Wednesday, 9 March 2016

Federation Peak!

29th February - 5th March

Federation Peak
Mt Bobs

Federation Peak is an imposing and renowned peak in the South-West of Tasmania. It sits at the southern end of the Eastern Arthur range and has several routes of access. I did this walk with my dad (Gordon), and we did the peak via the Farmhouse Creek track.

Day 1
Dad picked me up from home at 4:30am for our long road-trip to the other end of the state. The Farmhouse Creek track starts at the end of an old forestry road just beyond the Tahune Airwalk near Geeveston, a very scenic part of the state. The 350km drive took us around 5 hours; we started walking by 9:30am after fueling up on Sultana Bran and Black and Gold box milk. Good stuff! We had a good window of weather for the trip, but the best day was looking to be day 2, so we wanted to make that our summit day. This meant we had to push for a long first day - 16.4km in rough track conditions.

The walk winds its way through sections of rain-forest and scrubby patches of cutting grass and ti-tree. Farmhouse Creek is often thought of as the least attractive approach to Fedders due to the lack of views, but we thought it was beautiful. There was lots of fungi and big Myrtles to look at and when there was a view it was that much more rewarding! We heard several Lyrebirds flaunting their vocal talents in some of the thicker sections of rain-forest, but didn't manage to glimpse one. We passed several campsites on our walk in, one of which we would come back to in a few days. After our lunch break the terrain opened up into buttongrass plains with views of surrounding mountains. It was here that I encountered the first snake of the trip, basking in the sun. A large Tiger Snake, very lively. He hissed loudly and then darted off into the scrub before I could snap a photo. We pushed on through riverside vegetation, sometimes being very tangled and making for slow going. We arrived at our campsite - Cutting Camp at around 7:45pm. A hasty set up before we lost the sun completely and then a delicious curry for dinner. Alarm set for 5:30am the next day...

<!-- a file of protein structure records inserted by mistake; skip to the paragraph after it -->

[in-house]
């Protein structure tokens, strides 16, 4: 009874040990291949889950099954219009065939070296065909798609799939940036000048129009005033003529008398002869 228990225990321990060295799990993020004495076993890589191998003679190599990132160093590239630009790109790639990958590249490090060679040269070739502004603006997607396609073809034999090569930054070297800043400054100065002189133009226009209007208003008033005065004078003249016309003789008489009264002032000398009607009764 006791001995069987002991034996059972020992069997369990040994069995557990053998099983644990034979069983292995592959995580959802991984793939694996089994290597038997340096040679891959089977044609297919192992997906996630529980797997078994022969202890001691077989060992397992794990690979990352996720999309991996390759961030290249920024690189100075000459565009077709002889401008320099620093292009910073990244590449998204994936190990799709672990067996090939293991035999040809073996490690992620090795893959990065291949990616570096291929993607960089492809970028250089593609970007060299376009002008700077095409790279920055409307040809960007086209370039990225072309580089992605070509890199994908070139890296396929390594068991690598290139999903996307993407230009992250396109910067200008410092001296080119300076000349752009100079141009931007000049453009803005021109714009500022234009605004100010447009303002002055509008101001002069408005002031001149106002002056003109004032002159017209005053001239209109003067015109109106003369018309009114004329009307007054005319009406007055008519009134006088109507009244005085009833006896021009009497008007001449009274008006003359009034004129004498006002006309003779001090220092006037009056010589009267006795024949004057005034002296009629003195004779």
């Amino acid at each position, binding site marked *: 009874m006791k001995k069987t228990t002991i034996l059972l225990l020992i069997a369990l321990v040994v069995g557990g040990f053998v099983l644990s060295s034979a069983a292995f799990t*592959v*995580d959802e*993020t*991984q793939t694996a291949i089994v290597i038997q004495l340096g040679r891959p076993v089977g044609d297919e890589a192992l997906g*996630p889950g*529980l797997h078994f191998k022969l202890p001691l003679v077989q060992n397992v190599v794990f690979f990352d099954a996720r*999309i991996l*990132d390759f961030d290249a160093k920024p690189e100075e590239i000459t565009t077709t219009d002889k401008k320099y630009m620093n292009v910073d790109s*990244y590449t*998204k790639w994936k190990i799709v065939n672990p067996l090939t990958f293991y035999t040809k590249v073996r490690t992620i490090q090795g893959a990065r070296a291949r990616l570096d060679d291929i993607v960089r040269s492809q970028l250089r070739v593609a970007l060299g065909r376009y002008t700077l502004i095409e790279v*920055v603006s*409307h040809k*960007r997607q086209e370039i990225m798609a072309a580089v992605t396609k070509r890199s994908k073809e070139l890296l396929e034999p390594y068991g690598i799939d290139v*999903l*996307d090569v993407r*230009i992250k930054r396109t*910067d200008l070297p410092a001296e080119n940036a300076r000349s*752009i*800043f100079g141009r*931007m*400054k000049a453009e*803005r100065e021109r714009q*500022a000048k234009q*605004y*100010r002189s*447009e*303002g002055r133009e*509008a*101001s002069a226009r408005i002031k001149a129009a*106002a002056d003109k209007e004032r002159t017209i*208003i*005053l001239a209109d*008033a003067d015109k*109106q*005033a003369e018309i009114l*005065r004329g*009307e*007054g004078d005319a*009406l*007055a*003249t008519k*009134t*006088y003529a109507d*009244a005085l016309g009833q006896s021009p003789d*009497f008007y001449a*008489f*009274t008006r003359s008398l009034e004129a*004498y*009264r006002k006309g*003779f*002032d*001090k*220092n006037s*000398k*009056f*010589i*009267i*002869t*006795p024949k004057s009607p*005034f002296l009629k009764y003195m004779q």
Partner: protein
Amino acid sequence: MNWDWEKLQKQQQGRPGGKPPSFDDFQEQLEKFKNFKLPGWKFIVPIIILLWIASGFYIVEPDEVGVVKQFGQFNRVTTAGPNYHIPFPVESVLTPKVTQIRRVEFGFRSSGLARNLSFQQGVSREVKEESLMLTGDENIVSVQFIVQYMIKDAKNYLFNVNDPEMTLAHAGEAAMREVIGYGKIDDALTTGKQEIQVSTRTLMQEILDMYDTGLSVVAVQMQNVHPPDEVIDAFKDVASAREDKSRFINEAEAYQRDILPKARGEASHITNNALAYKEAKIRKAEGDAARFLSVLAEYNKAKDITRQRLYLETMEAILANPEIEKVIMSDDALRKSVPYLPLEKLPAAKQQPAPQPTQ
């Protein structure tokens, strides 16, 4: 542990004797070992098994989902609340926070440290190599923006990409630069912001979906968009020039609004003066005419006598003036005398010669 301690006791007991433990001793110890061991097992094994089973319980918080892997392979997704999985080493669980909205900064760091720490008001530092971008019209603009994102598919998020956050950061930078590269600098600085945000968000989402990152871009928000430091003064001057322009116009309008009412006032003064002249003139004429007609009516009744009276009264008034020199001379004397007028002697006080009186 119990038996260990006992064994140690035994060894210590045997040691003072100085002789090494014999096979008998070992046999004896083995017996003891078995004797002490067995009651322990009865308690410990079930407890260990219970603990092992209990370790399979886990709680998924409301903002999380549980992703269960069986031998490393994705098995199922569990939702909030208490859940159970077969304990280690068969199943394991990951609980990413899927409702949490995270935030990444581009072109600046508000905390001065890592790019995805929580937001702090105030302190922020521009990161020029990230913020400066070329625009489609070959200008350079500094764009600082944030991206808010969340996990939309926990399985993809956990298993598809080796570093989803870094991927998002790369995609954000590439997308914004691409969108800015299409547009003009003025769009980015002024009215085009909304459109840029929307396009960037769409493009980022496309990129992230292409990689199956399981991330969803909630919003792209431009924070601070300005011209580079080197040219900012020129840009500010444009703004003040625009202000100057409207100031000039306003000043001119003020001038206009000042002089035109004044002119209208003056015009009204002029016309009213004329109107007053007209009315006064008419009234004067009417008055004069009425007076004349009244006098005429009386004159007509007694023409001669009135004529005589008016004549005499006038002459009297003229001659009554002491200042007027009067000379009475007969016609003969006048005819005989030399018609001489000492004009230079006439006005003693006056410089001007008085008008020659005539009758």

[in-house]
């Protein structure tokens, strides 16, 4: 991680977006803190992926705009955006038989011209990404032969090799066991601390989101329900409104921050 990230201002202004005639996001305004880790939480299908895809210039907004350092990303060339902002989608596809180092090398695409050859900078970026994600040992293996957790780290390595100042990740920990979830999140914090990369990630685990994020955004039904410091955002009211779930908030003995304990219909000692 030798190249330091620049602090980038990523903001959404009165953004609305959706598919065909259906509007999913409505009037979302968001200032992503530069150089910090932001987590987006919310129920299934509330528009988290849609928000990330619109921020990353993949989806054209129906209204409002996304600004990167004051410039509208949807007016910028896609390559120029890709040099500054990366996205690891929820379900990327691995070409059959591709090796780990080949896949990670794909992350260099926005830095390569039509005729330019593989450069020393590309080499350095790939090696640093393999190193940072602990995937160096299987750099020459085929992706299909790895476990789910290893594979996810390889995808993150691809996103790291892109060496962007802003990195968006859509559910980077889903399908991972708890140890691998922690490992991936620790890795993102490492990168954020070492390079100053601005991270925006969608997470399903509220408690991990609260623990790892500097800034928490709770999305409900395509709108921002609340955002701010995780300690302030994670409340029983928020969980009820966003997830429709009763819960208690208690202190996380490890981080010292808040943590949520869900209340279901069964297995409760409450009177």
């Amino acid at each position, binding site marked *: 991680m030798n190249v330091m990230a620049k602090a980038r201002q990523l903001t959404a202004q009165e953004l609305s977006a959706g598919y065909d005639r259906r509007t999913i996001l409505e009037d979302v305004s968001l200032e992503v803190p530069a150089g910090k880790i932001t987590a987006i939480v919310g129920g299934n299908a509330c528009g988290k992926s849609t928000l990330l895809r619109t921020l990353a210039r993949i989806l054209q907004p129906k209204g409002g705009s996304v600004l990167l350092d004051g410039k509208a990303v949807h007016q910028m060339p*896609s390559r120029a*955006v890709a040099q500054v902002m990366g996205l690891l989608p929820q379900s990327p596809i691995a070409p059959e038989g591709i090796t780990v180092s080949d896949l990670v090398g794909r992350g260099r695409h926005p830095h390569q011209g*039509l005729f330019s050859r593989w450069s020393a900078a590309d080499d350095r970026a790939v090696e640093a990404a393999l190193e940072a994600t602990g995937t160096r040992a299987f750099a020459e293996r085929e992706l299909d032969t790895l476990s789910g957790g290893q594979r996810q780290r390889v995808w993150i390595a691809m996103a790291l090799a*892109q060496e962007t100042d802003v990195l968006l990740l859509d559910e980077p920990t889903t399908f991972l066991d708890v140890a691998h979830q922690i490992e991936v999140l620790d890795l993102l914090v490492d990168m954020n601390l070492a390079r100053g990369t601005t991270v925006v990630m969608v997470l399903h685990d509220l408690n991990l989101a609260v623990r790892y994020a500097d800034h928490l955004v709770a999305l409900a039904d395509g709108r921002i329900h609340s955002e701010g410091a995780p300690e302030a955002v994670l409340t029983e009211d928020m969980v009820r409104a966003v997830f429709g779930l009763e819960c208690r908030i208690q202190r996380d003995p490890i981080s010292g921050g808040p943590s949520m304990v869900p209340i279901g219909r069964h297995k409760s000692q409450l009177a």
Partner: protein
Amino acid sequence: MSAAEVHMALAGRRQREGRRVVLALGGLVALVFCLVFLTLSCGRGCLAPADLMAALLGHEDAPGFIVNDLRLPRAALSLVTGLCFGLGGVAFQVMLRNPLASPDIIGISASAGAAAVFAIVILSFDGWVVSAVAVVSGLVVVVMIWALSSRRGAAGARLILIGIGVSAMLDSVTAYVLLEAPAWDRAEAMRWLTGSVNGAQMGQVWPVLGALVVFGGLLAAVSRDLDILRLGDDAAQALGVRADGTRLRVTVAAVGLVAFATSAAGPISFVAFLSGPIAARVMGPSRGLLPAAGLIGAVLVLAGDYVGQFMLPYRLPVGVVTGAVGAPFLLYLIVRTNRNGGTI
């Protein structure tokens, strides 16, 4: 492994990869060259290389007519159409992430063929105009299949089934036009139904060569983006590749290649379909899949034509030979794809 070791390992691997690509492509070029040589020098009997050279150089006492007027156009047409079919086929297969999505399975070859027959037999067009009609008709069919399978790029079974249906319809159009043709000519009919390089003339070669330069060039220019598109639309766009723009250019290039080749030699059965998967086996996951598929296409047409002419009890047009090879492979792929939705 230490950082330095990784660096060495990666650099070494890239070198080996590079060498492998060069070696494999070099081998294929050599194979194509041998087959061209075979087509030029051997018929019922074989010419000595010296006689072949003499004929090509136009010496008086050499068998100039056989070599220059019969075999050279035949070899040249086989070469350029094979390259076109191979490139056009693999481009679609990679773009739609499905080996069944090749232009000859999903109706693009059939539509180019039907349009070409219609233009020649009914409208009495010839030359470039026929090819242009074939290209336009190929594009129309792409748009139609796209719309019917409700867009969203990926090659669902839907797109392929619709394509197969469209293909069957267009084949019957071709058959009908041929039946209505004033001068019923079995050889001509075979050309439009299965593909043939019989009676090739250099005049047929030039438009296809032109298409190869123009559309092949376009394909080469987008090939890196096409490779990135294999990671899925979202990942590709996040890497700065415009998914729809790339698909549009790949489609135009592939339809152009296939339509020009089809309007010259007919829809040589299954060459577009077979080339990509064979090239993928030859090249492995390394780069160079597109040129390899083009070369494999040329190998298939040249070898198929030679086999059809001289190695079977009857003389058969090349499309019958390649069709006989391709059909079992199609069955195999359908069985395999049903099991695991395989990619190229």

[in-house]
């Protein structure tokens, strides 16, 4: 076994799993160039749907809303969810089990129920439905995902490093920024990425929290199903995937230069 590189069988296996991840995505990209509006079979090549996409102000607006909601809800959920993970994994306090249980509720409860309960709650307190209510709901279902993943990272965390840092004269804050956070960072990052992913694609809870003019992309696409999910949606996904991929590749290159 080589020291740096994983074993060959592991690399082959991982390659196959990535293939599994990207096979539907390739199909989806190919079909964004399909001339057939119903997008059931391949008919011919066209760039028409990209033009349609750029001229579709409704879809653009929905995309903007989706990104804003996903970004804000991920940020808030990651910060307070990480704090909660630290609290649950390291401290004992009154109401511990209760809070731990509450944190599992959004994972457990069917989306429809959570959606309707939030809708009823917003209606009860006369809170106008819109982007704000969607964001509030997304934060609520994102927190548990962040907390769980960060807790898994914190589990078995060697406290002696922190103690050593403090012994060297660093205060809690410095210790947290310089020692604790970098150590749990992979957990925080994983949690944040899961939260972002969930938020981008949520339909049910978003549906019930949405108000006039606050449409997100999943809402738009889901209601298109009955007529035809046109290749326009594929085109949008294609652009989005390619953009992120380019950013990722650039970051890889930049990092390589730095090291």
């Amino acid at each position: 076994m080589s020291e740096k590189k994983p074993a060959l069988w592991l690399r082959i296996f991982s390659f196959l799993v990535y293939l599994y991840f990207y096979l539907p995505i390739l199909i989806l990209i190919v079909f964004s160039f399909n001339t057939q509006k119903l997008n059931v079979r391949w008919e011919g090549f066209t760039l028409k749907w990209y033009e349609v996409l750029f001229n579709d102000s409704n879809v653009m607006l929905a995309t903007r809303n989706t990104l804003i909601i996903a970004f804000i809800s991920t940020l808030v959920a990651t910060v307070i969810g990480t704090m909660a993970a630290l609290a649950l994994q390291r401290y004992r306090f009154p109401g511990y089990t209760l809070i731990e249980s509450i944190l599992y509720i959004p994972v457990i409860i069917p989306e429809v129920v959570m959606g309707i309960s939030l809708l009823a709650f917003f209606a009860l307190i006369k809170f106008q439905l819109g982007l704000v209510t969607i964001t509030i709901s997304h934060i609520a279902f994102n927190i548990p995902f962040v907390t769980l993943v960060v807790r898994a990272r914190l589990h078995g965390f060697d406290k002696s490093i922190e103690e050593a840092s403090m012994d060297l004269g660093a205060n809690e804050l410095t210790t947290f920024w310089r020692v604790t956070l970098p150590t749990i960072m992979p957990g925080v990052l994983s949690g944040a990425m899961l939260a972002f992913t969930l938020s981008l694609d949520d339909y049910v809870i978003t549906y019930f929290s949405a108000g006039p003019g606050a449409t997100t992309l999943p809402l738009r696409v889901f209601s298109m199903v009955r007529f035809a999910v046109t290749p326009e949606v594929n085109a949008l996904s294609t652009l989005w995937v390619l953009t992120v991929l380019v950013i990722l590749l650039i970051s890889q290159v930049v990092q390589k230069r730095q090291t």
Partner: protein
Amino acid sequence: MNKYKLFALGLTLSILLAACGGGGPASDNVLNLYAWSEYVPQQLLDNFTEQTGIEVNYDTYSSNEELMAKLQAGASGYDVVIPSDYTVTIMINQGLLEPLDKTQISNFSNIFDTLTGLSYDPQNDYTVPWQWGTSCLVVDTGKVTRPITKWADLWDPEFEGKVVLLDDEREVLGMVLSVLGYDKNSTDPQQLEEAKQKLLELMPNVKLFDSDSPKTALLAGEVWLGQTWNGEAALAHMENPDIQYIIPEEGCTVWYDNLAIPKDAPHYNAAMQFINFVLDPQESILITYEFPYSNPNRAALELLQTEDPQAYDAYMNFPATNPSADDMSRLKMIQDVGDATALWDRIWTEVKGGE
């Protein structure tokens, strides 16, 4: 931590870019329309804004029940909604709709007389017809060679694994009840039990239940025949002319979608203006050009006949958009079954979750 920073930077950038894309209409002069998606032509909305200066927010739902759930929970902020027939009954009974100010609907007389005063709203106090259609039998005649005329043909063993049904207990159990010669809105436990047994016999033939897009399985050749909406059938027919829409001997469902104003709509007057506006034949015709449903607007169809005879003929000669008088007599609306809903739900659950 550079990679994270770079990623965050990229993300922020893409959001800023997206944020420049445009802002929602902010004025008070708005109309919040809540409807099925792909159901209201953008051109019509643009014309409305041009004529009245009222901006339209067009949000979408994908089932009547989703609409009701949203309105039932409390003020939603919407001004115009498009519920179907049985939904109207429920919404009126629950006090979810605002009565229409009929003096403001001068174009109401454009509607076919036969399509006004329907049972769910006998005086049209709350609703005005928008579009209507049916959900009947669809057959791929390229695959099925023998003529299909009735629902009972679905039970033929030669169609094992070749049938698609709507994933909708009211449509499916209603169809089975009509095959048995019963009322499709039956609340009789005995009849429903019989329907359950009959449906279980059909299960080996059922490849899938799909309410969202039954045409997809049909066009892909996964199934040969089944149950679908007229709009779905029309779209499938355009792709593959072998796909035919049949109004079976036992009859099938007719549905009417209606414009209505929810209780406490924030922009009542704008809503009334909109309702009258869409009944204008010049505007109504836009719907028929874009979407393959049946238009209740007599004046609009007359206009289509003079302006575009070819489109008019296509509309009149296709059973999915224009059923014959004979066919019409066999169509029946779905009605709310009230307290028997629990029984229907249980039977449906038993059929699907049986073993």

Sleeping boats on the Huon River.

The old Geeveston poles.

Sultana Bran!

We look ready for adventure.

This is where the easy walking ended...

Gorgeous Climbing Heath.

Crossing Farmhouse Creek.

I had a go at crossing it too.

This is the junction to go to Mt Bobs.

Gorgeous rain forest.

Our first peep of Federation Peak!

Some poor sod was unlucky with their boots.

Dad with Mt Hopetoun in the background.

Mt Bobs.

Making sure we're on track! I think we are.

What a view!

We got to camp just before dark, very happy to put packs down.

Day 2
We woke up before the sun. We wanted to be walking as soon as there was light because we had a big day planned, so we packed a large day-pack and fueled up on porridge. Summit day. We were walking a bit after 7am and soon faced the first challenge of the day - Moss Ridge. A very thickly vegetated, steep, muddy ridge-line that took us up 600 meters in altitude to a high camp underneath Federation Peak. We expected it to take us about 4-5 hours, but smashed it out in just under 3! Thank goodness for day-packs. About 2 hours into the day we reached an open knoll on the ridge with stunning views of the peak as well as the rest of the Eastern Arthur range and several other mountains. When we reached the high camp at Bechervaise Plateau we re-organised the day-pack to take the bare essentials for the summit. We carefully stowed spare clothes and lunch at the campsite and headed for the top via the main Eastern Arthur traverse track. Altitude was gained (and sometimes lost) fast over short distances in the steep terrain and soon we were at the turn off to the summit; marked by a large rock cairn.